Tuesday, April 17, 2012

Backyard Patio Pergola, Part I

After building the kids' playground and fort, I felt like I could build anything!  Since we moved into our house almost 9 years ago, we had done the landscaping in the backyard and hired a contractor to put in a patio.  The back of our house faces west, so in the (HOT!!!!) summer here, the afternoon sun faces our house.

Though our windows are chemically treated like many in Las Vegas to keep out the heat, and we have solar blocking curtains inside to cover the sliding doors to the patio, every little bit of shade helps. I had been thinking that it would be nice to have a partial patio cover of some sort, that could be covered with vines to provide shade in the summer, and allow the sun to come through during the cooler winter.  Then we went camping at San Clemente State Beach in southern California,  and I found what I wanted to build right at our campground!

I liked it because it seemed like pretty simple, straightforward construction, involved materials that I could find at my local stores, and looked rustic.  It would be a great structure to train vines on.  So, with my hubby's encouragement, and a lot of photos of the San Clemente pergola and others I found online, I set to work. 

I took a lot of photos of the pergola at San Clemente, so I would know what materials to use and how to connect everything.  My biggest concern was building a safe structure that could withstand the desert winds and heat.  How could I secure the pergola posts to our concrete patio?  Was it even possible?

With some research, I found out that Simpson Strong-Tie makes some steel supports specifically designed to support vertical posts, and with wedge anchors, can be securely attached to existing concrete foundations.  Here's what the post bases look like:

These can be bolted down onto a solid, existing concrete slab, and the posts connected to the base with screws or bolts.  Getting them connected to the concrete was the biggest challenge for me.  I highly recommend using or renting a hammer drill if you can.  I did not have one, and wanted to try using my power drill with a large masonry drill bit, which I did.  However, it took a LOT of patience to do it that way.  I went through two drill bits, and it took me drilling on and off several hours over the course of 3 days to drill the holes deep enough to secure the wedge anchors. Here is what they look like:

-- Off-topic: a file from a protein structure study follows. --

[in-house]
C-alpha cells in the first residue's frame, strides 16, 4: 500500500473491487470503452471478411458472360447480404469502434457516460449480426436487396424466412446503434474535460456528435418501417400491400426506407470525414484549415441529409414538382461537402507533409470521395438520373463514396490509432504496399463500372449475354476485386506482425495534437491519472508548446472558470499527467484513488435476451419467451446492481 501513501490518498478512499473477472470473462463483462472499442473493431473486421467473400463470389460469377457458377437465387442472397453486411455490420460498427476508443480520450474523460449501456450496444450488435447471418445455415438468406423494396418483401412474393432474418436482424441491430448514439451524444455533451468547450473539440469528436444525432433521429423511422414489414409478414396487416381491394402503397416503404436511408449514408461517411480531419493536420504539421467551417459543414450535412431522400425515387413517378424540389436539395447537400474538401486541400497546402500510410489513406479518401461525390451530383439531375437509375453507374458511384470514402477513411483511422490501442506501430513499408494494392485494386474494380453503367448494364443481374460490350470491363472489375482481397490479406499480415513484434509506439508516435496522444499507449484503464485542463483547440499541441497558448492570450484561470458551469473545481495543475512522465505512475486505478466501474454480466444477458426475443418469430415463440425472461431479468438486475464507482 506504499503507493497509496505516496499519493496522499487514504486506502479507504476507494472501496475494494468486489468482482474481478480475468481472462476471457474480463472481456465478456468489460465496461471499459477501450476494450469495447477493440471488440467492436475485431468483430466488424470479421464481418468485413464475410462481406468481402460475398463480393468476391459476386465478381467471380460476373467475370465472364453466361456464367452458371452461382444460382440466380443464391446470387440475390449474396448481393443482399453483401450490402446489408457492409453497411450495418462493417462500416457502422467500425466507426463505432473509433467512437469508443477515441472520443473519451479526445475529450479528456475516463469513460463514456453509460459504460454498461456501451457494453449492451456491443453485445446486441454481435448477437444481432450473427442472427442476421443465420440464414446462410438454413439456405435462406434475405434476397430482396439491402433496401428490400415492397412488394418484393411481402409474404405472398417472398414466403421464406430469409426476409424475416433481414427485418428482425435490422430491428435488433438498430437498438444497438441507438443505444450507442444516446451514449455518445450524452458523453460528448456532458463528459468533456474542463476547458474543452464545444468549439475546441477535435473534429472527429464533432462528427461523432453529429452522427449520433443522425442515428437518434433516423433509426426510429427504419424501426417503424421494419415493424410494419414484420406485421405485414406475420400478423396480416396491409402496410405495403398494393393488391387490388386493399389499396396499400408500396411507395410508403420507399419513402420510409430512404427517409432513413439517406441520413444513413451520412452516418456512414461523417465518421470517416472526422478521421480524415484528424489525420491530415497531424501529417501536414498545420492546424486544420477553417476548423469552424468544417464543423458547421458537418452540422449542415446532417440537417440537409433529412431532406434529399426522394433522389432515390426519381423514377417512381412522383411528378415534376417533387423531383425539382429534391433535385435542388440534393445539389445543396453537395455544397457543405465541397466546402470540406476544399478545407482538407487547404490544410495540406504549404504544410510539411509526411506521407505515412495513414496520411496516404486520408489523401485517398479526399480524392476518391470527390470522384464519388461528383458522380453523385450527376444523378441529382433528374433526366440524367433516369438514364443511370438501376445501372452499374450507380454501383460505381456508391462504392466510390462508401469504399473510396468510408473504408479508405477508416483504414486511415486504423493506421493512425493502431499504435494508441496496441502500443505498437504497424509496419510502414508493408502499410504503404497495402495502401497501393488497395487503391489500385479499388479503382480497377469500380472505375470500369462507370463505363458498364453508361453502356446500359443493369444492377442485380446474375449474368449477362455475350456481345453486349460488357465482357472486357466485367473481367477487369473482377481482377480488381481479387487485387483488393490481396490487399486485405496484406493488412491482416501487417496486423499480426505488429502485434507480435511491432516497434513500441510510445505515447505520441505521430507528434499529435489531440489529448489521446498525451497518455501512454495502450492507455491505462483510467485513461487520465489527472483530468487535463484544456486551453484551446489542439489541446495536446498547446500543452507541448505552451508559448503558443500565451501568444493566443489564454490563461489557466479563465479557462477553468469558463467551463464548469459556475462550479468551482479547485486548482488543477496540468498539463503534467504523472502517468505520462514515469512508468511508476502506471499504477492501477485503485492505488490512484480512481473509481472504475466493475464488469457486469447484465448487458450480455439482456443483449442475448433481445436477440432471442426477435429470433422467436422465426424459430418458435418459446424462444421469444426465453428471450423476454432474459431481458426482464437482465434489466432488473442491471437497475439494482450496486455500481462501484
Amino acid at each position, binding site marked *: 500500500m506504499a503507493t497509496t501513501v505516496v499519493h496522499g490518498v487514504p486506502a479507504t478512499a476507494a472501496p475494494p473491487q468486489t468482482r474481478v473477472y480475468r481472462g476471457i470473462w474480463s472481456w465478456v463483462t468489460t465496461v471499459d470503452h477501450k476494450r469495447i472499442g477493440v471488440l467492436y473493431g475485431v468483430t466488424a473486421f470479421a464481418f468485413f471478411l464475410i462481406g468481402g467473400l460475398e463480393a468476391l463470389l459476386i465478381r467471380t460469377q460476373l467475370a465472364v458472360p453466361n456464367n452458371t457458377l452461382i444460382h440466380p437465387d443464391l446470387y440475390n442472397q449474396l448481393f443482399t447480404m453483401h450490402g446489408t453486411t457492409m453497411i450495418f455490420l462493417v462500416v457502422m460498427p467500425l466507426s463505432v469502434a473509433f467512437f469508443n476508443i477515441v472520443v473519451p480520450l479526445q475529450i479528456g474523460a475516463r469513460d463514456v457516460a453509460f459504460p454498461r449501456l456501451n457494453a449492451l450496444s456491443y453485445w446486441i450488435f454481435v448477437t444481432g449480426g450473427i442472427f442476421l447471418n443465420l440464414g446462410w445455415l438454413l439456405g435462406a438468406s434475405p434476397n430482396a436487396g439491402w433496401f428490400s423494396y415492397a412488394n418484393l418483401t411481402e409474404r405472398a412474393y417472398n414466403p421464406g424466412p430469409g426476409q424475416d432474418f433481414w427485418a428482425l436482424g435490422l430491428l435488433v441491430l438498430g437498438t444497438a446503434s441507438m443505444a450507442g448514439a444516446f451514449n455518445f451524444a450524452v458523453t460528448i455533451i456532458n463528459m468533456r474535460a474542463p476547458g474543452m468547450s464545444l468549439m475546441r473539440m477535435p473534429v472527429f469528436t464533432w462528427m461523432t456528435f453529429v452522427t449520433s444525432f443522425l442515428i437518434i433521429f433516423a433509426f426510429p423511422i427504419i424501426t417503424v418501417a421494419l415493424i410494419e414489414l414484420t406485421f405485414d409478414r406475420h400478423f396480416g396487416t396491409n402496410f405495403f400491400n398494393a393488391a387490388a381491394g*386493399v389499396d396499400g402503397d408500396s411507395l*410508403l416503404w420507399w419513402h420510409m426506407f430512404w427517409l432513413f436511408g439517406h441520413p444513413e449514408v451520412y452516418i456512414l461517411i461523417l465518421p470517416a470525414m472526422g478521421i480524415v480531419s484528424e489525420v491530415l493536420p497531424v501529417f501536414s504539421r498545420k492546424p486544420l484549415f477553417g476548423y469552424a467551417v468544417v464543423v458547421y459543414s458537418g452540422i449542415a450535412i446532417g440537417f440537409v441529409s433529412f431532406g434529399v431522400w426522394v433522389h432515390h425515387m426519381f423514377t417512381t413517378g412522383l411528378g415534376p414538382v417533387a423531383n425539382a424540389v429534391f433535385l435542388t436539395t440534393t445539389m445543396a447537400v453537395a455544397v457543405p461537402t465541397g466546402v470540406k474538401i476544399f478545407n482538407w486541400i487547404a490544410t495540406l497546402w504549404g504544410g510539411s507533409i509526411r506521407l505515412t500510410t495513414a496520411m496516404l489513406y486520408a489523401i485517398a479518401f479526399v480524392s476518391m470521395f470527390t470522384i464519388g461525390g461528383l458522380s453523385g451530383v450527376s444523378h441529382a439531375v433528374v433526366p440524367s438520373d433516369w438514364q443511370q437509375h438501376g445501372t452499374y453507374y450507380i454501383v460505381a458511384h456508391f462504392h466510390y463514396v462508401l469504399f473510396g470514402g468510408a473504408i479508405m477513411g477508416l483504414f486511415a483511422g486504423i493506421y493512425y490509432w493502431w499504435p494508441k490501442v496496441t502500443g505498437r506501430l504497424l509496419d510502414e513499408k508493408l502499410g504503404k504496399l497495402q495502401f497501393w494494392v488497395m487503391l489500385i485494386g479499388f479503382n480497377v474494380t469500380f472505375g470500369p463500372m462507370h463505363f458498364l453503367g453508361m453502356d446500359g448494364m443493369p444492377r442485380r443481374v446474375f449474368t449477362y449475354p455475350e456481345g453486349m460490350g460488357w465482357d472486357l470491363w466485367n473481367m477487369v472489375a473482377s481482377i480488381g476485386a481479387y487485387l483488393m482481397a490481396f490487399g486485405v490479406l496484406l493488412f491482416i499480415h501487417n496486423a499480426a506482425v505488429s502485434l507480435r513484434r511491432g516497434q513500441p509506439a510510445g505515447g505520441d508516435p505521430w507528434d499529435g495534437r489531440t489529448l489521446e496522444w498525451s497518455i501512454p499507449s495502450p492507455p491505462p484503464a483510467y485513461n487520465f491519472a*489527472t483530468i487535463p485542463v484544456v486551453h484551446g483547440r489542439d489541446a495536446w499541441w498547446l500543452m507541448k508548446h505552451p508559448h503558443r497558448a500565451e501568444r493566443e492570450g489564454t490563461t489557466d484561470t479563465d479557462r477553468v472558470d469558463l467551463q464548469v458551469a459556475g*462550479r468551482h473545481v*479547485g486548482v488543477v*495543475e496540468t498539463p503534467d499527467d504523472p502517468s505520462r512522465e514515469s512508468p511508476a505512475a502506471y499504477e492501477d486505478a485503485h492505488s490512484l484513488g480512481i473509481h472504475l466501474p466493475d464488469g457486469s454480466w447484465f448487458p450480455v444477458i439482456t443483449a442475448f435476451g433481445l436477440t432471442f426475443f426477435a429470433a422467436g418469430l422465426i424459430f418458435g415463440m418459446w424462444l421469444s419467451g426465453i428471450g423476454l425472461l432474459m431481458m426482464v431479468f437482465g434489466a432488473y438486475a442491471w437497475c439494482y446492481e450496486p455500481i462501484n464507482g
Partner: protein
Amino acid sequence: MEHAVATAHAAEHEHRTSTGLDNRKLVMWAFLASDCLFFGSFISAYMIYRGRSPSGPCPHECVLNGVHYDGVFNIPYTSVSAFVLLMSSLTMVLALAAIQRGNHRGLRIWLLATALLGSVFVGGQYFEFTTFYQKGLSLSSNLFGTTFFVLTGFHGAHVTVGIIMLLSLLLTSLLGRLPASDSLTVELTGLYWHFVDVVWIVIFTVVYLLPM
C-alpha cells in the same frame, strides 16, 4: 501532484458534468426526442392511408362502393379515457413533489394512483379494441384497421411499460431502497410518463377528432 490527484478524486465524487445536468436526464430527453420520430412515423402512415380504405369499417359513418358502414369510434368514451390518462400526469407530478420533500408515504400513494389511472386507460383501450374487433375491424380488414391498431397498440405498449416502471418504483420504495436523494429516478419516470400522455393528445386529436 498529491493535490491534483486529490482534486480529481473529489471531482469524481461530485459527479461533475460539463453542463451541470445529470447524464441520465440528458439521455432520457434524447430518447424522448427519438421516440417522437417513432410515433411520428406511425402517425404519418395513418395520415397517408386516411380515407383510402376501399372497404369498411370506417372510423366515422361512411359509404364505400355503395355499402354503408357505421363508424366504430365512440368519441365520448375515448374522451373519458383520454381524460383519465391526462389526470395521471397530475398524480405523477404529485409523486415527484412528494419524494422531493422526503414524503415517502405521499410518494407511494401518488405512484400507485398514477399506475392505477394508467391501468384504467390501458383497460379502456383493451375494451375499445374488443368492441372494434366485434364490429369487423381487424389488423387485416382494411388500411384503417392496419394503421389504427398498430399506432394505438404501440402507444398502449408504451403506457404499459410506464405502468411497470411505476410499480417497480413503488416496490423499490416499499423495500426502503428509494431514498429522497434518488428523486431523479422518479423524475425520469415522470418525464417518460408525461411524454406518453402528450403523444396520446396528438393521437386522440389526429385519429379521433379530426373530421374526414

Basically, you drill a hole into the concrete just wide enough and deep enough for the wedge anchor, drive it into the hole by tapping with a hammer, place the post base in place over the anchor, and tighten it down with the washer and nut.  Then the pressure from the load it holds causes the wedge at the bottom to expand, holding the wedge anchor (and what is connected to it) securely in place.*

After the post brackets were in place, I put up and secured the posts to them.  Then it was time to figure out what the top of the structure was going to look like. I laid out the pieces of pre-stained, pressure treated lumber on the patio, to visualize the shape and plan the space between the slats, and pre-drilled the pilot holes, so they would be easier to connect up high.

Next would come the fun part: putting it all together!

*Please note, I am not a professional builder or designer.  Please be familiar with your local building requirements and safety issues before beginning your own building projects!
**You are welcome to use my designs or improve upon them, I just request that you send me a photo of your project when you are done!

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